Mature Liver Cells Seem to be Better Than Stem Cells for Liver Therapy

Japanese research team has compared the ability of liver progenitor cells (liver stem cells) and mature liver cells to effectively repopulate a damaged liver. They have concluded that mature liver cells (hepatocytes) are better than stem cells for liver repopulation.

Workers in the laboratory of Toshihiro Mitaka of the Cancer Research Institute of the Sapporo Medical University School of Medicine, Sapporo, Japan used a rat model to test these hypotheses. They injured the livers of these rats with surgery and chemicals and then used transplanted cells to repopulate these livers. Up to two weeks after transplantation, the growth rate of the stem cells was significantly higher than that of the mature liver cells, but after two weeks the majority of the stem cells died before they could confer any significant benefit on the liver. The mature cells, however, grew slower, but survived much better.

Toshihiro Mitaka made this comment: “Cell-based therapies as an alternative to liver transplantation to treat liver disease have shown promise. However, the repopulation efficiency of hepatic progenitor/stem cells and mature hepatocytes (liver cells) had not been comprehensively assessed and questions concerning the efficiency of each needed to be resolved.”

Mitaka’s team noticed that the shortage of liver cell sources and the difficulties of preserving the available liver cell sources by freezing (cryopreservation) have limited the available material, and therefore, the clinical applications of cell-based therapies for liver disease. Liver stem cells (liver progenitor cells) have been considered to be the best option to treat liver disease, since they can be expanded in culture and preserved by freezing for long periods of time.

However, once the liver progenitor cells were transplanted into the damaged livers of rats, the stem cells failed to survive terribly well. After two months, the vast majority of the transplanted stem cells had disappeared. In contrast, the mature liver cells gradually repopulated the rat livers and the even continued growing and repopulating the damaged livers for one year after transplantation.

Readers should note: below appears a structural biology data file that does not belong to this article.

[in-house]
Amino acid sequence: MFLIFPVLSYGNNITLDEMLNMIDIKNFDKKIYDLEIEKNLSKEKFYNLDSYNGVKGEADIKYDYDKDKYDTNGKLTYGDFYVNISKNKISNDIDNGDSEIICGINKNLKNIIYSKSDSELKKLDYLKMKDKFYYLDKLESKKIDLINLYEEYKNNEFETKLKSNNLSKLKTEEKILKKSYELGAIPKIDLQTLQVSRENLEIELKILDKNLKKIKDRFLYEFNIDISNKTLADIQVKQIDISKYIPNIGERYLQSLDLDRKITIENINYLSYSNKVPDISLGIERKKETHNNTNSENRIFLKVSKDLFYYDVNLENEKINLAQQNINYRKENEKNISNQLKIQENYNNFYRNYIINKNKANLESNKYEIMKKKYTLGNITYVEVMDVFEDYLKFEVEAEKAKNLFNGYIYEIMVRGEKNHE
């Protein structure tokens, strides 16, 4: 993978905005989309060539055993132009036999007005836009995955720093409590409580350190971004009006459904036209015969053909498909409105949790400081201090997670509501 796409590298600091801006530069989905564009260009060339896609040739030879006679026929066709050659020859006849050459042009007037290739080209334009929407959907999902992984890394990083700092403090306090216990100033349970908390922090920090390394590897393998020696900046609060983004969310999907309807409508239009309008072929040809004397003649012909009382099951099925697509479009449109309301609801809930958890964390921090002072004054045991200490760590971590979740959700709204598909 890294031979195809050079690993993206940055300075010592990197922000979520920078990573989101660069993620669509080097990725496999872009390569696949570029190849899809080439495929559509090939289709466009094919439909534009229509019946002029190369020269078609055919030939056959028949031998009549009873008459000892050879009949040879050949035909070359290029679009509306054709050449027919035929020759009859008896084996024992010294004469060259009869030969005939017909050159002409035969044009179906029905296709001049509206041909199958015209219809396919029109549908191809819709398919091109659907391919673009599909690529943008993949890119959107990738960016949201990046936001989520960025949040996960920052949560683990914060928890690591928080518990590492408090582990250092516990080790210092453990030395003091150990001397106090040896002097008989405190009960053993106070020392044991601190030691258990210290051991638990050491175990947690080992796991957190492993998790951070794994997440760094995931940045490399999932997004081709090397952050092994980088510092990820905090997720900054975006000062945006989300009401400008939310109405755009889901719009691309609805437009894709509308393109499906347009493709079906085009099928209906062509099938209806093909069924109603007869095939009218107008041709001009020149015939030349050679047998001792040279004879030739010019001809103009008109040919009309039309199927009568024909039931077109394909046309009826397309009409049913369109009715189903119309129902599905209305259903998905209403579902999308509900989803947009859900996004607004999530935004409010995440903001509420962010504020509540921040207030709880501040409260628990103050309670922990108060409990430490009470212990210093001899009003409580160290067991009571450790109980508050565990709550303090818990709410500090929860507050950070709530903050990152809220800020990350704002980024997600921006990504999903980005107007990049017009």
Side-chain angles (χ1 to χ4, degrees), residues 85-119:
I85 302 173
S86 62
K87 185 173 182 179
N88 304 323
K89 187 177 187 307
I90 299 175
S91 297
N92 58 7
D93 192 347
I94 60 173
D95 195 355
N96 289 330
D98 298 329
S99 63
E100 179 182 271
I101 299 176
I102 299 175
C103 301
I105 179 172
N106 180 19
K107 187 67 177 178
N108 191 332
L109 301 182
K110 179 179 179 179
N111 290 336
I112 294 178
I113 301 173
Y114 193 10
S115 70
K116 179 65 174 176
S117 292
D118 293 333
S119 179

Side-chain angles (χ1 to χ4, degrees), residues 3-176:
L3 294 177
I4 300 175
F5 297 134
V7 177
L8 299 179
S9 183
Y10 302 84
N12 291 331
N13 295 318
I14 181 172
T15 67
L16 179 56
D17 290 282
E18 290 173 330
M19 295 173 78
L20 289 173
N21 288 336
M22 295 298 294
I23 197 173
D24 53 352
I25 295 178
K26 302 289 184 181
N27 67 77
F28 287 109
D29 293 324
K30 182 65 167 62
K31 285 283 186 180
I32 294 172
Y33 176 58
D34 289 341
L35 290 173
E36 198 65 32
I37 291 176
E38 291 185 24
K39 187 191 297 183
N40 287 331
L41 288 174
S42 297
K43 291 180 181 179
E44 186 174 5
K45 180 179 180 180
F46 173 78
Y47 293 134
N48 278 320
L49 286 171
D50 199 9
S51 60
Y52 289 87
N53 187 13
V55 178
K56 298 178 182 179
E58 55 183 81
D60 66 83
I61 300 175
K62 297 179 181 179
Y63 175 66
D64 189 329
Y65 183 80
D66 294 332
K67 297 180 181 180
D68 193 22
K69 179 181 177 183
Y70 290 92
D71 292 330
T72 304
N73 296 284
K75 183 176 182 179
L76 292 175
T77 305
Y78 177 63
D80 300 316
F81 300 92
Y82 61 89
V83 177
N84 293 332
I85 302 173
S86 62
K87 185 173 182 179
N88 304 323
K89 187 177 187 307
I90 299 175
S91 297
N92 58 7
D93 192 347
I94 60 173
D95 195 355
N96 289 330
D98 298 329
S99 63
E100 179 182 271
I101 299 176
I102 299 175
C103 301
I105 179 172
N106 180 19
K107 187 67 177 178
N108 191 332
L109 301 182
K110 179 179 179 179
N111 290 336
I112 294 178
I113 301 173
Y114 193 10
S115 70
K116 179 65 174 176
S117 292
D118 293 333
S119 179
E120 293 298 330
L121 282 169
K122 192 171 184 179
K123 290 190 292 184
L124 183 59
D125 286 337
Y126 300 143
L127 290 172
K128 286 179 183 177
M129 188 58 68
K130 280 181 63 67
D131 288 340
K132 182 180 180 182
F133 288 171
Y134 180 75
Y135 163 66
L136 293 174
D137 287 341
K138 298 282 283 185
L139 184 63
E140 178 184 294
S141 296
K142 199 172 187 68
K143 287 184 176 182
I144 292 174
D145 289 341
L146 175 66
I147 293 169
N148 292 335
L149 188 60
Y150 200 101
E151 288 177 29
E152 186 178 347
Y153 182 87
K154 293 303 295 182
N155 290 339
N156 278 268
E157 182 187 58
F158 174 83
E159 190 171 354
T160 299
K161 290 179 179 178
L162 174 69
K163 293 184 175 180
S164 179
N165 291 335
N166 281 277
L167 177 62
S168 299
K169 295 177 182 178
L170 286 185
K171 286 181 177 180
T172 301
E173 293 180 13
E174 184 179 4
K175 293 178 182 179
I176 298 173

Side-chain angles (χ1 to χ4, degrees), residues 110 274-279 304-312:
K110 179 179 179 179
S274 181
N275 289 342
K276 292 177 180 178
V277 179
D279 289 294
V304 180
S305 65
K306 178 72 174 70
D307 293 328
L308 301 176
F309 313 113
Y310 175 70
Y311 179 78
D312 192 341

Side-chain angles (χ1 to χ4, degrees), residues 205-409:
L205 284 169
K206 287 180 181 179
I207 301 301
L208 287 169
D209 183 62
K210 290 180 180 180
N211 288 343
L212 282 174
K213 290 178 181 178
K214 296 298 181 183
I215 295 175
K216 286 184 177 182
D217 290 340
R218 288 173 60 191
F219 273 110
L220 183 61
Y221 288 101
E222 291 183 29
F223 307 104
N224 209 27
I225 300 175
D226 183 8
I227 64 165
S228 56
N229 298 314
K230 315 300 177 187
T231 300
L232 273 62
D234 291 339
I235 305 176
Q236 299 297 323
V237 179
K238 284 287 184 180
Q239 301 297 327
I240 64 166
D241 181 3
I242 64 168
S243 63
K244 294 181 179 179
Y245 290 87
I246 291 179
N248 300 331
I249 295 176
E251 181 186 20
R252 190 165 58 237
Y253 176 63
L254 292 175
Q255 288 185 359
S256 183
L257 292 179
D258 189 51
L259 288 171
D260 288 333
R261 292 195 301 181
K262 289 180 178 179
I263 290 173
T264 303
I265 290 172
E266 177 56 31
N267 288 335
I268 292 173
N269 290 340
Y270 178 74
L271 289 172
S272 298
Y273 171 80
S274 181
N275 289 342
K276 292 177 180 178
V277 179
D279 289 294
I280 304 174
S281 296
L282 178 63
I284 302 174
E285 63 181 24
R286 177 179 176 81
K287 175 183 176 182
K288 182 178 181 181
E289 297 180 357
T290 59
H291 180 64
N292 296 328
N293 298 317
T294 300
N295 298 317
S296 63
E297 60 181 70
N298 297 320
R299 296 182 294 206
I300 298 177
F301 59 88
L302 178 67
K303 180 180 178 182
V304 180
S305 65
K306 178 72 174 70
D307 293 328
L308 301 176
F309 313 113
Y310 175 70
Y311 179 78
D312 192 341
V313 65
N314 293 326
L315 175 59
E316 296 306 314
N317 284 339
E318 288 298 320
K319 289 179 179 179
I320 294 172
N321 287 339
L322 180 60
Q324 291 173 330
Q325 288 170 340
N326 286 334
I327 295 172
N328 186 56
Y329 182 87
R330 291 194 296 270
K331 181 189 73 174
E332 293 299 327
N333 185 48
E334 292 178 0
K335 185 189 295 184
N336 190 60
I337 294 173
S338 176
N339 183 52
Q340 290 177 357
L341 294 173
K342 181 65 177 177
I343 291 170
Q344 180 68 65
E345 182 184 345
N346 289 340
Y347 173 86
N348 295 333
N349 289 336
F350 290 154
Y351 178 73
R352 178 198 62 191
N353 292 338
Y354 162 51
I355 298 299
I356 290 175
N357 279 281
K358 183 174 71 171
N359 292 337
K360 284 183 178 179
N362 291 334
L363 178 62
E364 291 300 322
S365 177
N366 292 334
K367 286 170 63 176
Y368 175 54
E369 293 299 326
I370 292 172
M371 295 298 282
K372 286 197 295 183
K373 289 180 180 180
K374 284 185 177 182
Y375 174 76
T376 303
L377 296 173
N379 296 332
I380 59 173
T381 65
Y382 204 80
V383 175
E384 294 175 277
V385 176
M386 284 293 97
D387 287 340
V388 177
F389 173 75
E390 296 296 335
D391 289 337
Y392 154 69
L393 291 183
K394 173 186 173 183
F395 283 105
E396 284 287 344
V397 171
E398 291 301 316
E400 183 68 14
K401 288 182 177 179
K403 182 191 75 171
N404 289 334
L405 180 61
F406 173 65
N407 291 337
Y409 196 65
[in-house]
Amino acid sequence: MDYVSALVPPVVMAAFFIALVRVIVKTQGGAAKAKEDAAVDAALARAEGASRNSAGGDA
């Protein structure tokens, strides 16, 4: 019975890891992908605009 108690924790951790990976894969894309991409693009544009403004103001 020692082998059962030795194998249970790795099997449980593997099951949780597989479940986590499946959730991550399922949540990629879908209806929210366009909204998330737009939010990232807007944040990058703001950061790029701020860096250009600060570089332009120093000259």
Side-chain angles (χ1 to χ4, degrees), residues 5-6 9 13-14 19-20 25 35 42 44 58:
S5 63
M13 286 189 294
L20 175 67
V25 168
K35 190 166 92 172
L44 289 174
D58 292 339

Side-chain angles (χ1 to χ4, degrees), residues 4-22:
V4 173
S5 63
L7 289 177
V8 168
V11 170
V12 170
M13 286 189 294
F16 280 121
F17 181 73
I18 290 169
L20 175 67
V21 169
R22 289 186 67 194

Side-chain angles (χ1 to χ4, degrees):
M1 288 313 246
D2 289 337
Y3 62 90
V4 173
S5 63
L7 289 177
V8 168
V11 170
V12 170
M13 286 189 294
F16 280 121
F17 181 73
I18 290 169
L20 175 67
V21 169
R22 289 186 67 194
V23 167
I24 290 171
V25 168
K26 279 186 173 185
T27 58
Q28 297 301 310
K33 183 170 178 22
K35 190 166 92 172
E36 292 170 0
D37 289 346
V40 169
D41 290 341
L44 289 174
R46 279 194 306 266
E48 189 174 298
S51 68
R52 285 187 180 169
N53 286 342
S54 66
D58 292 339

Transplanted liver cells did not make uniform cells. Mitaka noted that “the small hepatocytes repopulated significantly less well than the larger ones. We also found that serial transplantations did not enhance nor diminish the repopulation capacity of the cells to any significant degree.”

In this paper, Mitaka and his colleagues argue that because the stem cells died much earlier than the mature hepatocytes, the stem cells were eliminated from the host livers and this reduced their potential regenerative capacity. They conclude in the paper that further “experiments are required to clarify the mechanism by which this might occur.”

My take on this is that damaged livers probably contain a respectable amount of inflammation. Therefore, they are probably a rather hostile environment for any transplanted cells. We have seen in previous posts that stem cells have a mechanism to resist stressful conditions, but also, that this pathway for resisting stress must be activated in the stem cells before they are capable of resisting stress. Therefore, I would suggest that the next experiment Mitaka and his co-workers should do, is to either precondition his stem cells with oxygen and glucose deprivation or pre-treat them with insulin-like growth factor-1 (IGF-1). Both of these treatments have been shown to activate the stress resistant pathway in stem cells transplanted into the heart. Therefore, if this pathway could be induced in liver progenitor cells, then perhaps the stem cells can be stress-adapted and tolerate the stressful conditions in the damaged livers.